Is a 61 on the ASVAB particuliarly low? I was told the opposite, and then found that the majority of people score an 80 or above. Please correct me if I am wrong. I am planning on re-taking the test as soon as I can; I am certain I can do much better than that, at least an 80. I am nervous about my future in the military and what jobs I will be limited to if I keep this score while going in. I plan on joining the Air Force.

I am asking for the true, honest basics here, to not be lied to again: from experience, is the military what is usually expected beforehand (I have been told it's not on so many occassions), and do majority of recruitees leave voluntarily?

Jun. 3rd, 2006 @ 04:19 pm
hey my friend is joining the peace corp and i am looking for potential gifts to send her with. the place she's going to is ...can't even think of a word. but they wipe their butt with their hand and i am sure taking a shower won't be daily. any ideas for hygiene care in these cases? is there alternative to sending her alot of toilet paper? and alternatives for staying clean? i thought about baby wipes and antibacterial wipes. i am open to anything! i thought u guys might be able to help me out.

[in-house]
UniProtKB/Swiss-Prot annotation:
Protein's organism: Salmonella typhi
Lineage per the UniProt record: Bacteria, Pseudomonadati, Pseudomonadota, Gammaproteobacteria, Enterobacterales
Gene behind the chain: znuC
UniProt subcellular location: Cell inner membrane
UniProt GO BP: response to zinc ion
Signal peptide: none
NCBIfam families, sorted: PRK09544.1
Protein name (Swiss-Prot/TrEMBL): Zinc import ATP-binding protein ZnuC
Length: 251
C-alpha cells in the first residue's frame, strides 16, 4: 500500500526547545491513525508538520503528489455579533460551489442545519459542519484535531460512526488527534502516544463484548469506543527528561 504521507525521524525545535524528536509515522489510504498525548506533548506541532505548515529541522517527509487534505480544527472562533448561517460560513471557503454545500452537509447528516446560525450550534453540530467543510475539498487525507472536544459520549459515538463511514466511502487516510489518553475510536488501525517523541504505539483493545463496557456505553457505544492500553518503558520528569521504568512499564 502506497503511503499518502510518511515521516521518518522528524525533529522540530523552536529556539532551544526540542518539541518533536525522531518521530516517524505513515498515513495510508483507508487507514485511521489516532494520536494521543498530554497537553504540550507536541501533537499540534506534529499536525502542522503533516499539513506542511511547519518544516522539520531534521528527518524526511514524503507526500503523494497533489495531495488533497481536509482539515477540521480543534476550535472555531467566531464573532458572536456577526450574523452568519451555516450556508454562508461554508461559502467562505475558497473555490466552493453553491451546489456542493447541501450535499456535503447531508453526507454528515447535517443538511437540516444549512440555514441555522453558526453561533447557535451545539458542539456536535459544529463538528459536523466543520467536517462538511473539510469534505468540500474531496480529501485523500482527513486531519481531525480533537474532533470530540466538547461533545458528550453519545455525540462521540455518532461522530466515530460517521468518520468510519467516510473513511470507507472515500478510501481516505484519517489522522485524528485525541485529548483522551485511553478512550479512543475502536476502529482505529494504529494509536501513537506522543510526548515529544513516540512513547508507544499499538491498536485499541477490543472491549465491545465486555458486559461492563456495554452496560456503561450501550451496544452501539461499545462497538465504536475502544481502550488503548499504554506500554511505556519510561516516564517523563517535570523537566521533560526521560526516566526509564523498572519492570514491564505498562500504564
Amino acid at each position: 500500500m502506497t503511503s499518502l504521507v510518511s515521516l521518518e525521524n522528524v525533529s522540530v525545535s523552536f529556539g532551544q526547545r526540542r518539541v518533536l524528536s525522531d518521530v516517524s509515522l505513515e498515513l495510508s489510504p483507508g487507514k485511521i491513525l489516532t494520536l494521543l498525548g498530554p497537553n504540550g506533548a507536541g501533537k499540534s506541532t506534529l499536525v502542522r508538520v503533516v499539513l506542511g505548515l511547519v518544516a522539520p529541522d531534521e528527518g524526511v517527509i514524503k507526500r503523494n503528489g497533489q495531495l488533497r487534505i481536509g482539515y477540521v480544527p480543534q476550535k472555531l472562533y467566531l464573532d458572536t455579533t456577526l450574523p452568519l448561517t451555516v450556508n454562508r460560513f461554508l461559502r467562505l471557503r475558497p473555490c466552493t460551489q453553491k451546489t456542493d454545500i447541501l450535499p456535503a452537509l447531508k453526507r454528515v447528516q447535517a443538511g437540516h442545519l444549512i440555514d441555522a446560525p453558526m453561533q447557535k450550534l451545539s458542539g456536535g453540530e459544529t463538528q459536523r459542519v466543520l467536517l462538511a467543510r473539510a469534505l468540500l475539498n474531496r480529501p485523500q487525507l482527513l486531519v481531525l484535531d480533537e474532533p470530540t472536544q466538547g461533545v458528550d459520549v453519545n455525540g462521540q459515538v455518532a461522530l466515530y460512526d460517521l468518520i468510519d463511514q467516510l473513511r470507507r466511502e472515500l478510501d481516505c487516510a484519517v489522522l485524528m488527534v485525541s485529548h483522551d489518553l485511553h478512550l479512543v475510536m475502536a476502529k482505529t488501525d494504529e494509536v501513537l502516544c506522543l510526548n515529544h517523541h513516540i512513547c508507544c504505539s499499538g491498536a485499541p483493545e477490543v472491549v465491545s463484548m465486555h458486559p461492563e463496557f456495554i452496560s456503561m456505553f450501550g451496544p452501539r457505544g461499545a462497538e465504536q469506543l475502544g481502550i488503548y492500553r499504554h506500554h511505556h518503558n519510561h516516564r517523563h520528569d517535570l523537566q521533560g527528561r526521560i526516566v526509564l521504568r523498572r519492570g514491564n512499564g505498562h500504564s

Why we are in Iraq. (Cross-Posted) Mar. 19th, 2006 @ 09:11 am
"Bush Lied, People Died: Just stay on message, because that message" has been the assault since the Invasion of Iraq in 2003. That message appears to be slipping away. WMD or not, could we have been safe in a world where the leader of a nation could do the following to his own people? Not only is Saddam Hussein on trial, but also the world who would have given him free reign to continue as he saw fit. If the following links can't open a few more eyes, there is no hope they will ever see, for their desire is to remain blind: